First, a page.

Sunday, December 6, 2009

Teaming is Hard Work!

From the Apple
You bring up so many feeling that I think new teachers have - trying to fit in even when you are new and trying to be a part of a team. Not an easy task!

Unfortunately principals don't have a crystal ball when they put teams together. Sometimes they put people together that just don't meld. Sometimes they put people together because they know that they really need each other but... teaming really takes work! Being the new person on a team is always hard because the other members sometimes have relationships - very deep relationships. They have found a way to work together and adding a new person means that everything changes. Teachers can be pretty famous for not wanting to change!

First of all, I would suggest that you really try to LISTEN. The people on your team really do know things that you don't. They have had several years to figure things out and you really could learn from their experiences. You may not always agree, but you should listen.

Second, I would continue to engage your teammates. Ask questions respectfully when you don't understand decisions. Ask if something has been tried before and why it did or didn't work. Get as much information as you can before you make a judgement. When you do make suggestions, don't worry that they get changed. It is amazing what you can accomplish when you quit caring about who gets the credit. It doesn't really matter whose idea it is. It matters what is best for kids. The rest, believe me, will take care of itself.

Lastly, some teams are simply dysfunctional. You may be on one of them. If that's the case, seek out other people in the school that you can trust and collaborate with. How is the Reading Coach or another beginning teachers or another teacher that teaches on your grade level or the Media Specialist? In every school there are people who naturally find each other and really enjoy working together. Just one "friend" can make all the difference. Just don't burn any bridges with your own team. You certainly don't want to be known as the "Drama Queen!"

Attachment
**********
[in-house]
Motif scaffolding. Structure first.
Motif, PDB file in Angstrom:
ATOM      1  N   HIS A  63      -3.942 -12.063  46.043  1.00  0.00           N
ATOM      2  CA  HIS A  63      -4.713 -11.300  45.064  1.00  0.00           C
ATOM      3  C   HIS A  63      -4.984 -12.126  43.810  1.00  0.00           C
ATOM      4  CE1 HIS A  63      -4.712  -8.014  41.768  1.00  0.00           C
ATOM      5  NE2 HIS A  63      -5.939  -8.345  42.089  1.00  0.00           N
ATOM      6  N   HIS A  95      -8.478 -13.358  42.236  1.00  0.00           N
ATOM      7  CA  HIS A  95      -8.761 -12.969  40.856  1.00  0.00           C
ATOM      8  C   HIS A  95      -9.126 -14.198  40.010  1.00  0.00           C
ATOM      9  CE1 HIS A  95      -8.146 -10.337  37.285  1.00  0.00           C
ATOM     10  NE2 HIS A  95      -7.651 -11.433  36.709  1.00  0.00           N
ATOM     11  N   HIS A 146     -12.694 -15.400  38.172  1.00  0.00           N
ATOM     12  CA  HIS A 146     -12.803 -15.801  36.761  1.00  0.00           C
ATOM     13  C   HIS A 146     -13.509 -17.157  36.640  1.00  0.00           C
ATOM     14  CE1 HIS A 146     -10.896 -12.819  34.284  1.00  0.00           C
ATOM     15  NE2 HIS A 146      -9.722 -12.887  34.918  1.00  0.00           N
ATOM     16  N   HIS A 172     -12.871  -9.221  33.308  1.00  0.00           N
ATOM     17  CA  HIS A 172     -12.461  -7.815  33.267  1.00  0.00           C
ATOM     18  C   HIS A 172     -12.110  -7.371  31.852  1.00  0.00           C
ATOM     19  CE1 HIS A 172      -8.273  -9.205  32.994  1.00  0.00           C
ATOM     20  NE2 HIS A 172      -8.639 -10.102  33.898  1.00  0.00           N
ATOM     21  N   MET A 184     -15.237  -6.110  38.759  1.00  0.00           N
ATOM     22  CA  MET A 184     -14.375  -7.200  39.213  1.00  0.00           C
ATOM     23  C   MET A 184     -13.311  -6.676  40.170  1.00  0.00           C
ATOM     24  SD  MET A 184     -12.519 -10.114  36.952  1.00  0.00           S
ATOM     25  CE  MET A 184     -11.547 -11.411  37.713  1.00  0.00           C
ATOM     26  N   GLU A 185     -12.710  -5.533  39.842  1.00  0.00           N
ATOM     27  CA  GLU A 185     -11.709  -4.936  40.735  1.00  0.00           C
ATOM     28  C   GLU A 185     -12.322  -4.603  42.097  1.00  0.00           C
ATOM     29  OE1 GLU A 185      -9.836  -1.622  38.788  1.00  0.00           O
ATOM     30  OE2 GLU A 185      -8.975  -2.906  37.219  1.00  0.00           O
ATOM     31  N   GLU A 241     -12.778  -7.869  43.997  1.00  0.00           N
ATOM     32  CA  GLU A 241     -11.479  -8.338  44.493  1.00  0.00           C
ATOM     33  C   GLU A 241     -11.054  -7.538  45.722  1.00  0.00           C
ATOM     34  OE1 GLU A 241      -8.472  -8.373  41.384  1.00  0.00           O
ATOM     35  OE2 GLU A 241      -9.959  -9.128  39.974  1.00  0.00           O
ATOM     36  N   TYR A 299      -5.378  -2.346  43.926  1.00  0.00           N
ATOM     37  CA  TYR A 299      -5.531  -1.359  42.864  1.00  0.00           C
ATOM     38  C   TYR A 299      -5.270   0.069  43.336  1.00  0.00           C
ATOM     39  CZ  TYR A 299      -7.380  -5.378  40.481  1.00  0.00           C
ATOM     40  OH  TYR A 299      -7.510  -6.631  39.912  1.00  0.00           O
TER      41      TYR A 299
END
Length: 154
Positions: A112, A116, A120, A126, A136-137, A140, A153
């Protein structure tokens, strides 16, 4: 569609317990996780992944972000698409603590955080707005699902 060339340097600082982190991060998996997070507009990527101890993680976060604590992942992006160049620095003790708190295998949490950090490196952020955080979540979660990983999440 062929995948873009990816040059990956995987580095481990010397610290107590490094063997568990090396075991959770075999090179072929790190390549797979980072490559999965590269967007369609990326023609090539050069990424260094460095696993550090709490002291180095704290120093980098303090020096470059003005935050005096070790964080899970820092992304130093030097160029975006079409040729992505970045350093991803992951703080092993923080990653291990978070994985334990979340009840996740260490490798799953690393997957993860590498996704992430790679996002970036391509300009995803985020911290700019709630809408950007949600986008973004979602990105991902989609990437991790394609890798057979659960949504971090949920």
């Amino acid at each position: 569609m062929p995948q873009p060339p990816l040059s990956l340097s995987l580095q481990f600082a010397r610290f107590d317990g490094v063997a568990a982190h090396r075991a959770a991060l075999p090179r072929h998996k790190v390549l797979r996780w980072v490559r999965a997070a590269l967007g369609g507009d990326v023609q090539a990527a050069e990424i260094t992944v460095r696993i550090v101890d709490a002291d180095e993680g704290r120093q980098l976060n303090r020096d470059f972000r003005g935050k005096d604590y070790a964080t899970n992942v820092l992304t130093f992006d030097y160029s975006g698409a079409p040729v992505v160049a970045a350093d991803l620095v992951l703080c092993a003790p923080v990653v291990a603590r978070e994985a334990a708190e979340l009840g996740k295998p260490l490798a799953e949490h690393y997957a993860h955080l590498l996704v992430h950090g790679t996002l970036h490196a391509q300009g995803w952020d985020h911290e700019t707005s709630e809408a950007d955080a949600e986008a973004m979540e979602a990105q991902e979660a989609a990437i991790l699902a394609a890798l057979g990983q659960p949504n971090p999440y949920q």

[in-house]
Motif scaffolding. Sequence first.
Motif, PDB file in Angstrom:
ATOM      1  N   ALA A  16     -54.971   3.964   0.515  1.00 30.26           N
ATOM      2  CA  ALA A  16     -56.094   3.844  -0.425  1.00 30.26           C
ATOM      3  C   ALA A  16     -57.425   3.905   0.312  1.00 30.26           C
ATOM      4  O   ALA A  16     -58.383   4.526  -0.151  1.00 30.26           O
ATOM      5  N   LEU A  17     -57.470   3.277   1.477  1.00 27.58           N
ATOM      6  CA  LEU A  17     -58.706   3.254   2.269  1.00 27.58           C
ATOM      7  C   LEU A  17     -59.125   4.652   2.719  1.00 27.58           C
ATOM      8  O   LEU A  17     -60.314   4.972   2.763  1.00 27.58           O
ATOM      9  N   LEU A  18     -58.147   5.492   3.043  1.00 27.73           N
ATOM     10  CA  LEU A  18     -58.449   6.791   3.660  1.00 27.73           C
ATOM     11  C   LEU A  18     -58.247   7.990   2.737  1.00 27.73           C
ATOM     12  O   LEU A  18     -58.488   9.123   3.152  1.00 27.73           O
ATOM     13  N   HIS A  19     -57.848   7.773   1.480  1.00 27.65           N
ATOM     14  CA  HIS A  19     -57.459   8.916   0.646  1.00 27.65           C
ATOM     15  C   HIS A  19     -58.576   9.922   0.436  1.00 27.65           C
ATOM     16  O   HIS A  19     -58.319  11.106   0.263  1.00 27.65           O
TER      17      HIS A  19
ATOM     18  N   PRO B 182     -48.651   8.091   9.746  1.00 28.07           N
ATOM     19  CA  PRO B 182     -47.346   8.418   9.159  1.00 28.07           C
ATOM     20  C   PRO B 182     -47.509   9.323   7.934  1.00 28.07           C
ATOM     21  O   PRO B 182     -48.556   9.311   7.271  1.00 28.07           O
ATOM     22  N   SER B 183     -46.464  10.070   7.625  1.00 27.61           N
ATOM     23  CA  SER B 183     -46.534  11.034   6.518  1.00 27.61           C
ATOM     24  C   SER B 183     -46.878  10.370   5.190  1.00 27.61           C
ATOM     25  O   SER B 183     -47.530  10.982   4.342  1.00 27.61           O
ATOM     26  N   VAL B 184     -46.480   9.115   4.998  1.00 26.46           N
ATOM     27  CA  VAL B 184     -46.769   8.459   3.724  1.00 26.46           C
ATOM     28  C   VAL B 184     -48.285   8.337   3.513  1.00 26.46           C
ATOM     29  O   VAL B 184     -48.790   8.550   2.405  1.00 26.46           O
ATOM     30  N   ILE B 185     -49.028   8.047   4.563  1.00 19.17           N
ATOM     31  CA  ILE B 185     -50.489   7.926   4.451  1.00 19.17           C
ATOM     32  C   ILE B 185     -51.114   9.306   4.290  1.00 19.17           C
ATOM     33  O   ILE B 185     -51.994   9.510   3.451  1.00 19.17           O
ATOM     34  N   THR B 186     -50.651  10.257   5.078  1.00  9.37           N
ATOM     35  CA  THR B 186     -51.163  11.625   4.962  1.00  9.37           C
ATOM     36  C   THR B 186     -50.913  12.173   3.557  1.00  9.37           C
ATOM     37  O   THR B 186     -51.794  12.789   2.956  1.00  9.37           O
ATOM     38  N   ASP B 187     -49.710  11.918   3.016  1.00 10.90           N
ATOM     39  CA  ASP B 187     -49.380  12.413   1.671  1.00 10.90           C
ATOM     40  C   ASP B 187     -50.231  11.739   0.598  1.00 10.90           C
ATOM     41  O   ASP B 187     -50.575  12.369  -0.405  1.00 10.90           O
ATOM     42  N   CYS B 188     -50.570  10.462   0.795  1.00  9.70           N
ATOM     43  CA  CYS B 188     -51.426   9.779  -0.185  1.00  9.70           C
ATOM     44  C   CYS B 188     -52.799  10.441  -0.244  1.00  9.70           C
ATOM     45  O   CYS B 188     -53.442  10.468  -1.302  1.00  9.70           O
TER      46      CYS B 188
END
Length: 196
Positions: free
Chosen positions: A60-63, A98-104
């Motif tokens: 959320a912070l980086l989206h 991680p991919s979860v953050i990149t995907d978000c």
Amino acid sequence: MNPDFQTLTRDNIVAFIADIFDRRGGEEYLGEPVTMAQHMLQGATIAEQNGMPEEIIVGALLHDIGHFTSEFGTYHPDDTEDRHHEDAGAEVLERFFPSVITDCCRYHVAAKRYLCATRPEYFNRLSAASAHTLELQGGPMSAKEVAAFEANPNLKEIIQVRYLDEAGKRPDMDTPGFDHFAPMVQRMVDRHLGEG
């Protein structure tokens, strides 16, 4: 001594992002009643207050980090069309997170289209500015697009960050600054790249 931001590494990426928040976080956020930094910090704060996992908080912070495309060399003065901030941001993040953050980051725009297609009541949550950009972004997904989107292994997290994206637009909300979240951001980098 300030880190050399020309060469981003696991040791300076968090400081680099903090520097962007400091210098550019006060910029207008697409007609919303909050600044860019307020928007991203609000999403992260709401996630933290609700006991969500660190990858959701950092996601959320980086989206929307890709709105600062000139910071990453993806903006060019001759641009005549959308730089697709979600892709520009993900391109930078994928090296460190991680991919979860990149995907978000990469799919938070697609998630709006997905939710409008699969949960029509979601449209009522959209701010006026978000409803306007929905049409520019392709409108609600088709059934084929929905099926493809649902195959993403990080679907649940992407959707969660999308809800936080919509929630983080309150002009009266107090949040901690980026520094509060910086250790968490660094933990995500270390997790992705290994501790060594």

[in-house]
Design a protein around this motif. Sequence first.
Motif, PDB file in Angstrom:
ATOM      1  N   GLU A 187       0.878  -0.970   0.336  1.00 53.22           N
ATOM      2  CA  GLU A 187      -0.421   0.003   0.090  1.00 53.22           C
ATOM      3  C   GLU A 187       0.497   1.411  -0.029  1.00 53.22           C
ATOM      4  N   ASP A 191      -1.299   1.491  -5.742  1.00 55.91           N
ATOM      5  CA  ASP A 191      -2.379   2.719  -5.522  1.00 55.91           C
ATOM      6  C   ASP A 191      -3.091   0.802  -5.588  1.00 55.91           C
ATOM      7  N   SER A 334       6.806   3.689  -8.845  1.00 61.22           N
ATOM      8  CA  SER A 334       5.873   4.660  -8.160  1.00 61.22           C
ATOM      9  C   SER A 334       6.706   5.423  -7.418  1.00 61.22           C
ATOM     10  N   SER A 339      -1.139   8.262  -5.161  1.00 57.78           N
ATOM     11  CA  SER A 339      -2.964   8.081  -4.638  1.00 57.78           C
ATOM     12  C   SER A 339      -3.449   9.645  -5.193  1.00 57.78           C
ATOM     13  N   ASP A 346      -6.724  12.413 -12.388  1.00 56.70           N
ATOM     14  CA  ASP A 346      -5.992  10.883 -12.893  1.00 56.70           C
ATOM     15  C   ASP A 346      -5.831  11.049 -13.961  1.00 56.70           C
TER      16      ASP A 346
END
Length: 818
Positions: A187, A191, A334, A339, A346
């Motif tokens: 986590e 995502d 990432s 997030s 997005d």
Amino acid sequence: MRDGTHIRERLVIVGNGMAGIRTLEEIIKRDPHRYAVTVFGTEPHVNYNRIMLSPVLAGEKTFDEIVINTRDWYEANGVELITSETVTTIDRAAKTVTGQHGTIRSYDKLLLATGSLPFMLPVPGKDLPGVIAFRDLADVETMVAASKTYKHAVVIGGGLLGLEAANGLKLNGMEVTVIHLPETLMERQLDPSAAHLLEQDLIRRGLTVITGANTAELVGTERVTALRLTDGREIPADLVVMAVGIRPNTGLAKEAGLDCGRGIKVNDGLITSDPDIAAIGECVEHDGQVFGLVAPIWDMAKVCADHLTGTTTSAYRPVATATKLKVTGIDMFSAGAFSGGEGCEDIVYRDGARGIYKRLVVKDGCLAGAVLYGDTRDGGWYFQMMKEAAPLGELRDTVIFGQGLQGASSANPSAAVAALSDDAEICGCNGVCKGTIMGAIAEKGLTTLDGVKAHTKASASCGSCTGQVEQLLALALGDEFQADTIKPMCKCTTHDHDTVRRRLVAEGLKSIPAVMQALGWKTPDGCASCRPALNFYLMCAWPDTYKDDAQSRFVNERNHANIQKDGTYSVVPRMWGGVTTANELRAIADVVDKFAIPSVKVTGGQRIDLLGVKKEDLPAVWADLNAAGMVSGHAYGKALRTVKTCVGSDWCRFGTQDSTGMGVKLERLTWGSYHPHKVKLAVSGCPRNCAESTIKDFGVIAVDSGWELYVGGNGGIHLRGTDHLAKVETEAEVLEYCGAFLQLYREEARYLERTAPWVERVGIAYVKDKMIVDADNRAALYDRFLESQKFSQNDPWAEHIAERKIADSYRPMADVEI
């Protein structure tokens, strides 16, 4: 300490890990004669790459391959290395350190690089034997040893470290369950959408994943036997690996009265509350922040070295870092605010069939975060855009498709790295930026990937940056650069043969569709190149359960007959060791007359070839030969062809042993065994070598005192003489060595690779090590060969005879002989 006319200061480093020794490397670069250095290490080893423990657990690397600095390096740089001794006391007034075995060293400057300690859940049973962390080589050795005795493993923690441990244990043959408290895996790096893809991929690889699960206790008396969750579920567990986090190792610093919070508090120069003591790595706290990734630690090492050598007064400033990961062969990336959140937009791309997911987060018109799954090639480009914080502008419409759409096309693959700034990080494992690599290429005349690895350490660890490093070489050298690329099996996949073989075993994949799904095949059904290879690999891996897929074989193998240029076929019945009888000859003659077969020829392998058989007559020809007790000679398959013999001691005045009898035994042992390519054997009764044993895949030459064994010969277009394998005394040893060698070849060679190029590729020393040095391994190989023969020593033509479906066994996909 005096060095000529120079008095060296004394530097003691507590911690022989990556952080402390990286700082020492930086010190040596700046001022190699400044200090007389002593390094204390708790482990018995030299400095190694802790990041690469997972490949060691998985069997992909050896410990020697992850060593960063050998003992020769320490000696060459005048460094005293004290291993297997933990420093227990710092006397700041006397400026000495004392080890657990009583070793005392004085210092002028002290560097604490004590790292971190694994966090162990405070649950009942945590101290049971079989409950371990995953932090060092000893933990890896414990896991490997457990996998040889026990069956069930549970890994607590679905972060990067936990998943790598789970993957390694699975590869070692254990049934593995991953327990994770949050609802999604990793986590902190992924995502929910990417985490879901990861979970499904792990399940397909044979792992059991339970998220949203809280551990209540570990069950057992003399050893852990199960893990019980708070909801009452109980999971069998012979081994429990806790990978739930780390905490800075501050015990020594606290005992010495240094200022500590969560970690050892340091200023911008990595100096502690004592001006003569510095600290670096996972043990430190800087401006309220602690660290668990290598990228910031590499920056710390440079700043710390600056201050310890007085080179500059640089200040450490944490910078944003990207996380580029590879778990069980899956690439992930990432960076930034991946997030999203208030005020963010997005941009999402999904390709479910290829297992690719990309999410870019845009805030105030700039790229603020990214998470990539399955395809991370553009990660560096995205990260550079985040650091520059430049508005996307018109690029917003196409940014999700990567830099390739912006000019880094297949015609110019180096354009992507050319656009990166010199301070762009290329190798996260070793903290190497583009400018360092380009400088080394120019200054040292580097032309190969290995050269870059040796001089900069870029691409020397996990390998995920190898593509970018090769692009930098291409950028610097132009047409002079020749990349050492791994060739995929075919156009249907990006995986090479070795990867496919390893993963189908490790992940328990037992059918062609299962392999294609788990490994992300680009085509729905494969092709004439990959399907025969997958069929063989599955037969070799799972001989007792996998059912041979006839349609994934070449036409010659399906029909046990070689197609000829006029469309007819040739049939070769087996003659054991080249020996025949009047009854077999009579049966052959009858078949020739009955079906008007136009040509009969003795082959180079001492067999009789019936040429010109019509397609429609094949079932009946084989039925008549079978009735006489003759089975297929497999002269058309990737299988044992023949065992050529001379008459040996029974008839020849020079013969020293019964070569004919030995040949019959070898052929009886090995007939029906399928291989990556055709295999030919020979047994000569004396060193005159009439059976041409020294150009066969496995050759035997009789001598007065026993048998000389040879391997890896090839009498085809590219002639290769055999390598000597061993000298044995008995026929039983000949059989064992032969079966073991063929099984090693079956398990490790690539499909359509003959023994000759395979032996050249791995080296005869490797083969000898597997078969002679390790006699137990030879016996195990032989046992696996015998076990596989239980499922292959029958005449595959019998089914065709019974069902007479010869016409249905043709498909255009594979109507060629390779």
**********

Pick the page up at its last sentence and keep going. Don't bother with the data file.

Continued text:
When all else fails, keep your eye on the kids. That's why you wanted to be a teacher and that's what you will take with you this first year - memories of the children, your first class. Remember that you are on an adventure and you will learn a million lessons this year that will make you a better teacher next year. On a bad day, just remember to count your blessings!


From the Seed:

While teaching is a very collaborative profession I seem to be finding a little bit of trouble feeling this way as a new teacher. While I know that many of the teachers that I work with are experienced and often do have great ideas I find that my ideas seem to slip through the cracks. As I bring up new ideas to my pod I find that they often just ignore them or try to trump me with a better idea. I have also realized that when I do come up with an idea that they like that they will use it but change it in some way so that it is now different and no longer my idea. While the teachers that I work with may not even know that they are doing this, I am finding it very frustrating to even try to collaborate and plan with them. What I find to be the most frustrating about it all is the fact that my principal keeps telling me that I need to give more input and give all my great ideas. What she doesn’t know is that I have and I just keep getting shut down. For most this may be frustrating enough to want to quit giving advice, but as a new enthusiastic teacher I am determined to make my opinions known and promote collaboration between me and the teachers in my pod that will make the learning and environment the most successful for each child.